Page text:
bachelor ® noun & (Animal) & (Male) & (Young) & [fur seal when without a mate during the breeding time].In this definition, noun is the syntactic category; the markers (Animal), (Male), and (Young) are the semantic features that contain the theoretically significant information; and the phrase in brackets is the unanalyzed distinguisher. Shortly after it appeared, the Katz-Fodor theory was subjected to devastating criticisms. Although no one today uses the theory in its original form, those criticisms are worth mentioning because many of the more recent approaches suffer from the same limitations:
All these criticisms reflect the fundamental limitation of features: monadic predicates cannot express relationships of two or more entities. After Katz and Fodor factored out the features, their distinguisher was left with all the combinations that required two or more links.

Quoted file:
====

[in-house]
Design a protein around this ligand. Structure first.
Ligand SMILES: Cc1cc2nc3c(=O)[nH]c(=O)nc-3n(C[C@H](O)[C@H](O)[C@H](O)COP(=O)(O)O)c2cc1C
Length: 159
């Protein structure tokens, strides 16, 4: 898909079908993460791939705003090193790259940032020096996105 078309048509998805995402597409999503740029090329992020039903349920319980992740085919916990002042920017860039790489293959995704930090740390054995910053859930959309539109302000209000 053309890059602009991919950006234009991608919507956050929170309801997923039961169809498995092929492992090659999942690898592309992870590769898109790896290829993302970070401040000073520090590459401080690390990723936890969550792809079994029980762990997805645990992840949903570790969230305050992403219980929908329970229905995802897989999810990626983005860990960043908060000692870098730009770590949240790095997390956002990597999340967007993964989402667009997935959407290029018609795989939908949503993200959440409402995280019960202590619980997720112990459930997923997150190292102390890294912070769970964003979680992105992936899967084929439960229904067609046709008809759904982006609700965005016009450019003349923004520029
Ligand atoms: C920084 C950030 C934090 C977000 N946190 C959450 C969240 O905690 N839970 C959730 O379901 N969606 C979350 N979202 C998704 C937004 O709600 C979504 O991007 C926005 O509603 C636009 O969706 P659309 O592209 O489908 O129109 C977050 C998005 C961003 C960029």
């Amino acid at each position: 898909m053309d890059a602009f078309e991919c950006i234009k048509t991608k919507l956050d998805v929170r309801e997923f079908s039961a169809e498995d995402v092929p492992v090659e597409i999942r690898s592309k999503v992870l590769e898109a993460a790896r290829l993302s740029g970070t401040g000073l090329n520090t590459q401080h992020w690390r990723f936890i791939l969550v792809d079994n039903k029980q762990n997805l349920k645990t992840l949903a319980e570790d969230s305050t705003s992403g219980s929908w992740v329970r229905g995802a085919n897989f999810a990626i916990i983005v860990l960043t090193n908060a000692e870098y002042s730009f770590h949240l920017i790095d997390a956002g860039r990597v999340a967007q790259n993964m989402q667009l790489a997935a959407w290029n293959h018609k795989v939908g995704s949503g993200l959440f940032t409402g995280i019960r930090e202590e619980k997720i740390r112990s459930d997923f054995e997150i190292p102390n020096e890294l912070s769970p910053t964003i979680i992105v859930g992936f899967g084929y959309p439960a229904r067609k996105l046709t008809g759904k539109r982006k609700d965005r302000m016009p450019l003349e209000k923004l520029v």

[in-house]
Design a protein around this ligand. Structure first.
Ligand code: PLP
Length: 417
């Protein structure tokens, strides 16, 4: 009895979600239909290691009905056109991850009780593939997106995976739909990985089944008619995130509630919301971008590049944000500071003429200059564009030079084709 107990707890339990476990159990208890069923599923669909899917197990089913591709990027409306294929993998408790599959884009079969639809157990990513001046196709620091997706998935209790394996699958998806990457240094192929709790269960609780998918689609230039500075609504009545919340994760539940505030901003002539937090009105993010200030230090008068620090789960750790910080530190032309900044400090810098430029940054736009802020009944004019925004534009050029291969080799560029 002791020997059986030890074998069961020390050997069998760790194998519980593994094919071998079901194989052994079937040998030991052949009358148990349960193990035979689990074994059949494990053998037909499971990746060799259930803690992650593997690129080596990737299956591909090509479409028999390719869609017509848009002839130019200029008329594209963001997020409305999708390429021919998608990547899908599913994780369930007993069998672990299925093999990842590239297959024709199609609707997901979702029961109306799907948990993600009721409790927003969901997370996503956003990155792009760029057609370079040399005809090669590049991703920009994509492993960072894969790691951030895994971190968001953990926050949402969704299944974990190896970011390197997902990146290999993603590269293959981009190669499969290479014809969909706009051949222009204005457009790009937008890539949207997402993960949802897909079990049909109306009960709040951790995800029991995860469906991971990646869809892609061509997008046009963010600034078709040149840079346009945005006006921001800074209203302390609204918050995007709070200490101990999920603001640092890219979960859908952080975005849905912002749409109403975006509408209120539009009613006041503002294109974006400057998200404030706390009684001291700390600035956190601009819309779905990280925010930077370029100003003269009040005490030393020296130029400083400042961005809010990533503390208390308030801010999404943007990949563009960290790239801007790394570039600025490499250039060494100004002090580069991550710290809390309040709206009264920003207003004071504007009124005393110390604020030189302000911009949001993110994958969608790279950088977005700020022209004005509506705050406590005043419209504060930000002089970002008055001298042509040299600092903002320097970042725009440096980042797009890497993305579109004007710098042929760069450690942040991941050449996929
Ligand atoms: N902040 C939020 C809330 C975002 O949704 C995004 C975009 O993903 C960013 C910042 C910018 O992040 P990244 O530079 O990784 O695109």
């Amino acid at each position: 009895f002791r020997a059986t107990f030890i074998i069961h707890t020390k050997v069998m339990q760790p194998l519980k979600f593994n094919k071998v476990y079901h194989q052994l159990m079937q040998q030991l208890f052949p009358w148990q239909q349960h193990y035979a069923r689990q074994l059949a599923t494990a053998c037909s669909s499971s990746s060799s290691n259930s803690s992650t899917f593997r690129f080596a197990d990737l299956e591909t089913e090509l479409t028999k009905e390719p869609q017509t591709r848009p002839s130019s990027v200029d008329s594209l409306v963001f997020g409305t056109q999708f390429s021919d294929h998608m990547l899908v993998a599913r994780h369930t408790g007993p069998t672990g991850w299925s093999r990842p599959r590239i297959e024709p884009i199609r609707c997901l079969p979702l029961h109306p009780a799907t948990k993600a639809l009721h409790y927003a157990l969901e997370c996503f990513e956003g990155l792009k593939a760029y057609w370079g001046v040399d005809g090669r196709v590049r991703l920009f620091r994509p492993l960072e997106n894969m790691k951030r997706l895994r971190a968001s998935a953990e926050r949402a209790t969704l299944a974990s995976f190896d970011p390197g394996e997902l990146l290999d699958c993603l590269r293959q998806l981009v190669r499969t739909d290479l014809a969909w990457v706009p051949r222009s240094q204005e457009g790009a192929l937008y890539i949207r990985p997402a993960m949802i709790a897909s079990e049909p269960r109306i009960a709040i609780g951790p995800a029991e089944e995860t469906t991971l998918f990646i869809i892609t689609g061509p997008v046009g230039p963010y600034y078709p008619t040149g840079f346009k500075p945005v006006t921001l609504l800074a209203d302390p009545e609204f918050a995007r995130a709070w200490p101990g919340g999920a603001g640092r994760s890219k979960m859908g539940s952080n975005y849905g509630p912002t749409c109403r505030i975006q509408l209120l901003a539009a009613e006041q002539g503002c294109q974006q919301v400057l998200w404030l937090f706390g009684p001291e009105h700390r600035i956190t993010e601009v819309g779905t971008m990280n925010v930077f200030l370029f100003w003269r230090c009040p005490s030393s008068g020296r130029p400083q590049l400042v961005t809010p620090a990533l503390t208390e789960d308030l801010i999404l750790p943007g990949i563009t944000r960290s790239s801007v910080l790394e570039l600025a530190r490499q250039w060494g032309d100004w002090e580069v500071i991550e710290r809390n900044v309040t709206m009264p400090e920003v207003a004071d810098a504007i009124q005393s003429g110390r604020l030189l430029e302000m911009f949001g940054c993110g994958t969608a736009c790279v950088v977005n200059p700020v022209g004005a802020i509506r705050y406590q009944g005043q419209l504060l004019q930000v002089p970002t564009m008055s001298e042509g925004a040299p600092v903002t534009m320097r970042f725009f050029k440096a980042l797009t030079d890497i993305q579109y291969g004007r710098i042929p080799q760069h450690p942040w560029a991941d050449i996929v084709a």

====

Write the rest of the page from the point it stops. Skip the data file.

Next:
Despite their limitations, features can be used as slot fillers in other combinatorial structures: conjunctions of features form lattices, and weighted sums of features form neural networks. But the methods for combining features make a significant difference in the meaning of the results and the way they are used for reasoning. Neural networks are good for classification, but they are opaque data structures that are difficult or impossible to interpret by humans. Leibniz's lattices with all combinations of features are easy to understand, but they have too many useless or impossible nodes. To generate lattices without the undesirable combinations, Ganter and Wille (1999) developed the theory of formal concept analysis (FCA), which can be used to construct lattices from the same input data used for neural networks: collections of instances described by features. Like neural networks, FCA lattices are good for classification, but they are readable data structures that form the backbone of a type hierarchy.